Recently I had the privilege of attending the international summit on Augmented Reality in Automotive, in Cologne, Germany. The two-day conference, hosted by EUROFORUM, featured speakers and presentations from a number of automobile manufacturers including Mercedes-Benz, Jaguar Land Rover, Opel, Volkswagen and Audi. Representatives from several research and design companies, as well as from AR software providers also spoke and presented their projects and findings.
The experts shared their experiences and passion for Augmented Reality and I appreciated the depth of their insights. This post contains highlight of the business, customer experience and legal trends about which summit speakers presented.
Use Cases for the Factory Floor
With successful conclusions of pilots and trials, Augmented Reality continues to move into areas where the overlay of virtual information promotes vehicle quality and helps employees work faster and better, but also where more experience with the technology is a prerequisite. As well, higher numbers of AR implementations put greater technical and organizational demands on projects.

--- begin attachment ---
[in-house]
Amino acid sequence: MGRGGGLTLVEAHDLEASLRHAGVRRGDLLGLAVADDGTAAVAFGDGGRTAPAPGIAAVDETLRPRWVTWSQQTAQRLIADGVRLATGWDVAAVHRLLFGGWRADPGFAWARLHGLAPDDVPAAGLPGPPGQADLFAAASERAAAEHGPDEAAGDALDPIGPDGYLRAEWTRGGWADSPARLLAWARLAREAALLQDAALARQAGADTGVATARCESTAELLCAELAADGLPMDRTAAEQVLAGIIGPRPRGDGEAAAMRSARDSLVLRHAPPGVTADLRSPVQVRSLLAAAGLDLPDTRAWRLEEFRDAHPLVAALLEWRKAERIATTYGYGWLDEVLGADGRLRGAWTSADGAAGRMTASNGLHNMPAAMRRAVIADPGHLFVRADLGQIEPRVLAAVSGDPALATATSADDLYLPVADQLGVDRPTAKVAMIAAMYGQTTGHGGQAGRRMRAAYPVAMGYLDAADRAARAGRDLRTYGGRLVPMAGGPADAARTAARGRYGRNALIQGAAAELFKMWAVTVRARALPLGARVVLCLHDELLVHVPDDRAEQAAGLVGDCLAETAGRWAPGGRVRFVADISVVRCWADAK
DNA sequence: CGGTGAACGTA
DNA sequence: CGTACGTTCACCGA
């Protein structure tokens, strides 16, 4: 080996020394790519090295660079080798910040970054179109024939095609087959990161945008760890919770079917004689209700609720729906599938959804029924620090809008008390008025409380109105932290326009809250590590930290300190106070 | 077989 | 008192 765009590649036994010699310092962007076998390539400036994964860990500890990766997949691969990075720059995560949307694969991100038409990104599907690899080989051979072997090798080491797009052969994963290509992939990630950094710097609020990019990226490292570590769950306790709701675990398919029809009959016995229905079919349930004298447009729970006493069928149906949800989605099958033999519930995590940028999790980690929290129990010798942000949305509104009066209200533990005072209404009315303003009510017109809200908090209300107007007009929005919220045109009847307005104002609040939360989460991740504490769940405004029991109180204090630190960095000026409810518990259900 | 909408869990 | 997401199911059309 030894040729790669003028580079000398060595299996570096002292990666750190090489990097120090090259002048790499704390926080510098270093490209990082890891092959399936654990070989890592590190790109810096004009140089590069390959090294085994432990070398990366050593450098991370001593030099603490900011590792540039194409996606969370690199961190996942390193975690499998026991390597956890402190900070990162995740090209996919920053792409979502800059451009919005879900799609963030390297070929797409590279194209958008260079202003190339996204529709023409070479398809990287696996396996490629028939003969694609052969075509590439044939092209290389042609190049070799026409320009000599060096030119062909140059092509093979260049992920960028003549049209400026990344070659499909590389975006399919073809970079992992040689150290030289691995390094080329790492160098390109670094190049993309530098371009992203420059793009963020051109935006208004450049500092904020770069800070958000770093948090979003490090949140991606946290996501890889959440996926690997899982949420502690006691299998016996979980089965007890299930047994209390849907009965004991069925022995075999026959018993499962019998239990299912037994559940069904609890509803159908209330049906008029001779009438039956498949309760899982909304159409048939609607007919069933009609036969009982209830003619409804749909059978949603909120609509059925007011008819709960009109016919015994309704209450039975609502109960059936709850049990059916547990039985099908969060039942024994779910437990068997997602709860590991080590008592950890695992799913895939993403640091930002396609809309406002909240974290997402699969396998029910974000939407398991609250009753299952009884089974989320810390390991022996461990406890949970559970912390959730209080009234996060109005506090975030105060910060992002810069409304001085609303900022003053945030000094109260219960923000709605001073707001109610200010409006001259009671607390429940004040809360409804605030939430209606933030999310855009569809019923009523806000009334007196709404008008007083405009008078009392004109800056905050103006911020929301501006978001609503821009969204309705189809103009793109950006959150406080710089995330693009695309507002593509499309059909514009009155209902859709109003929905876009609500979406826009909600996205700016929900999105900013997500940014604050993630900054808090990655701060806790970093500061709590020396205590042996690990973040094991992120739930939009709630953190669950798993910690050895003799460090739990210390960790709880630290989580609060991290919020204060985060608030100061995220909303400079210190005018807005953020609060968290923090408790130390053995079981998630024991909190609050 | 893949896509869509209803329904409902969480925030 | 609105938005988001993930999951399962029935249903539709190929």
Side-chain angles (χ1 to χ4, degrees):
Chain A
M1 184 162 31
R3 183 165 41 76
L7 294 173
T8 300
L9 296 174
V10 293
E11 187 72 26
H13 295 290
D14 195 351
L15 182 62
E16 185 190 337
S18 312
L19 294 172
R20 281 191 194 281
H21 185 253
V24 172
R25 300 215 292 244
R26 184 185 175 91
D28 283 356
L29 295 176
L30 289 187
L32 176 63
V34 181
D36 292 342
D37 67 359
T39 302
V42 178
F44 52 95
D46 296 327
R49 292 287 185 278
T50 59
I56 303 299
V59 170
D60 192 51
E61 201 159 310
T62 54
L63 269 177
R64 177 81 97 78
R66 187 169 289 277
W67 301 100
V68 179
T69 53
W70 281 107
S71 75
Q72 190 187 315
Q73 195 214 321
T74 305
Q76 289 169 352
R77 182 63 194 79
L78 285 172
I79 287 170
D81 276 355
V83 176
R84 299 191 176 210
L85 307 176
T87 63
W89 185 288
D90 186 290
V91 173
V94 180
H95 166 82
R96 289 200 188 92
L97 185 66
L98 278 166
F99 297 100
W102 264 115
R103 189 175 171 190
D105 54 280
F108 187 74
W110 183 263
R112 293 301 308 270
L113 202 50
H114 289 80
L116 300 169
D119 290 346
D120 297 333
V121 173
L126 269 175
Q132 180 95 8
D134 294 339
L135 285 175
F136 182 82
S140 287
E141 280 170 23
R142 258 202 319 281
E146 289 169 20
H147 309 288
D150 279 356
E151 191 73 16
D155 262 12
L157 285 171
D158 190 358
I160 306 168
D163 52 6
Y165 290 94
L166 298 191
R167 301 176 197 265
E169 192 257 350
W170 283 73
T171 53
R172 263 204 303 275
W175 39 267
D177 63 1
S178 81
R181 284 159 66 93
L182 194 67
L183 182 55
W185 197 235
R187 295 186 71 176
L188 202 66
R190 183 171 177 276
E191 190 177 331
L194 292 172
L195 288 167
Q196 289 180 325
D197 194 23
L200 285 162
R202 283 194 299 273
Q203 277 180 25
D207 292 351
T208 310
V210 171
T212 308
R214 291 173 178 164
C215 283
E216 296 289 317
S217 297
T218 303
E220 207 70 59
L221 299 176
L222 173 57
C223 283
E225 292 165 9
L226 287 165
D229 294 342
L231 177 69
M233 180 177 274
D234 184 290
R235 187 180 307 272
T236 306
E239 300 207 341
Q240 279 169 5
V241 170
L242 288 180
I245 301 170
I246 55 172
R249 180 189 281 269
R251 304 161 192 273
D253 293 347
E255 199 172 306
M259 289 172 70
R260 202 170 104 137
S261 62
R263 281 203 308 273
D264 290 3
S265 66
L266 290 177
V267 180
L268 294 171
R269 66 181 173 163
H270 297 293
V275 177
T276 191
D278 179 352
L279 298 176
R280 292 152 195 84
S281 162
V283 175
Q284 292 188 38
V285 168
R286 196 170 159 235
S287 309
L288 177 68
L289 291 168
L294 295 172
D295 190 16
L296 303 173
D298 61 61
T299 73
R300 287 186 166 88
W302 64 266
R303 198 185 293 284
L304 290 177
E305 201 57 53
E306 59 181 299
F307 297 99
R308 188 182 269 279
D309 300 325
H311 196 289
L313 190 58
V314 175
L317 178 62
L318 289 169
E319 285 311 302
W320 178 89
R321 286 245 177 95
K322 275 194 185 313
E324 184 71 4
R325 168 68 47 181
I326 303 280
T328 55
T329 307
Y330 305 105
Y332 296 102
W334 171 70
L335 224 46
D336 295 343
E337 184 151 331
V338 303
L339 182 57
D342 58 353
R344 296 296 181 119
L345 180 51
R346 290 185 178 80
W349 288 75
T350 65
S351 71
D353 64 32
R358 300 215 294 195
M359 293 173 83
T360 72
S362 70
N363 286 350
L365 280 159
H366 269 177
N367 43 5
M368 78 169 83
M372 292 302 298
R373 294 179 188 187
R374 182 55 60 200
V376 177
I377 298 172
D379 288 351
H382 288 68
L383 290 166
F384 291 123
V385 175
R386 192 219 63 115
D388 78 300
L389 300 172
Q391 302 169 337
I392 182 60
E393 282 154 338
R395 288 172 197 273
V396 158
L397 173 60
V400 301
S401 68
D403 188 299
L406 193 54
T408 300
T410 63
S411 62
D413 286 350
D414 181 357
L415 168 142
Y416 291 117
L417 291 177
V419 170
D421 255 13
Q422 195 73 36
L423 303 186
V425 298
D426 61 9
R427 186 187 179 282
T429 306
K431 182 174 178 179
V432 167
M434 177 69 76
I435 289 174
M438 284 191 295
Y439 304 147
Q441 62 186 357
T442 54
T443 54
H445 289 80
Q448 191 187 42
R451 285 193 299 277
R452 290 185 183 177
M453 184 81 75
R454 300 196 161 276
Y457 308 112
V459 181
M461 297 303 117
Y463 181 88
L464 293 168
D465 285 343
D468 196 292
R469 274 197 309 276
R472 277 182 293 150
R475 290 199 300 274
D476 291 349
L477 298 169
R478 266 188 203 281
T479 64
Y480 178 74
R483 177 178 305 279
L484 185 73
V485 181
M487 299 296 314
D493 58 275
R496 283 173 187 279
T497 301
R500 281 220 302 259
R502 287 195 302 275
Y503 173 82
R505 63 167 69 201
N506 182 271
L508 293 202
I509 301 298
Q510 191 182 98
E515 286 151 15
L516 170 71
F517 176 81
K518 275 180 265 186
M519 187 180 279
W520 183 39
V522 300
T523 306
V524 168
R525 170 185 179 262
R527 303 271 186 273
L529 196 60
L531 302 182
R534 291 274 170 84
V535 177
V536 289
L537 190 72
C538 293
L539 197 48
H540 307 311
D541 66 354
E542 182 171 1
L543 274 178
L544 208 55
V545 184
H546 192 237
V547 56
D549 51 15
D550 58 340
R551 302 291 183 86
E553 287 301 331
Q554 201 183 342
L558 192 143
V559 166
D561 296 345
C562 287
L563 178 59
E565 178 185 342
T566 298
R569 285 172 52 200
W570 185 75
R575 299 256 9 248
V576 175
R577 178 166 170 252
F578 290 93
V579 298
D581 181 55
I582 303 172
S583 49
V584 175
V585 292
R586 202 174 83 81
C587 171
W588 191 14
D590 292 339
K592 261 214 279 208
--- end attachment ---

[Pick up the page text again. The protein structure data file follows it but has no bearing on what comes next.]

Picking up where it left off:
One key trend is the growing number of use cases for Augmented Reality in pre- and post-production processes in the automotive industry. Vehicle design and development, and then final verification after assembly are the most popular use cases.
Lina Longhitano of Mercedes-Benz Vans leads the transformation of advanced manufacturing facilities through the Van Technology Center and has a wealth of experience with digital transformation in manufacturing and the use of Mixed and Augmented Reality in vehicle development. The center provides high-end visualization and analysis for ergonomics and buildability of vehicles.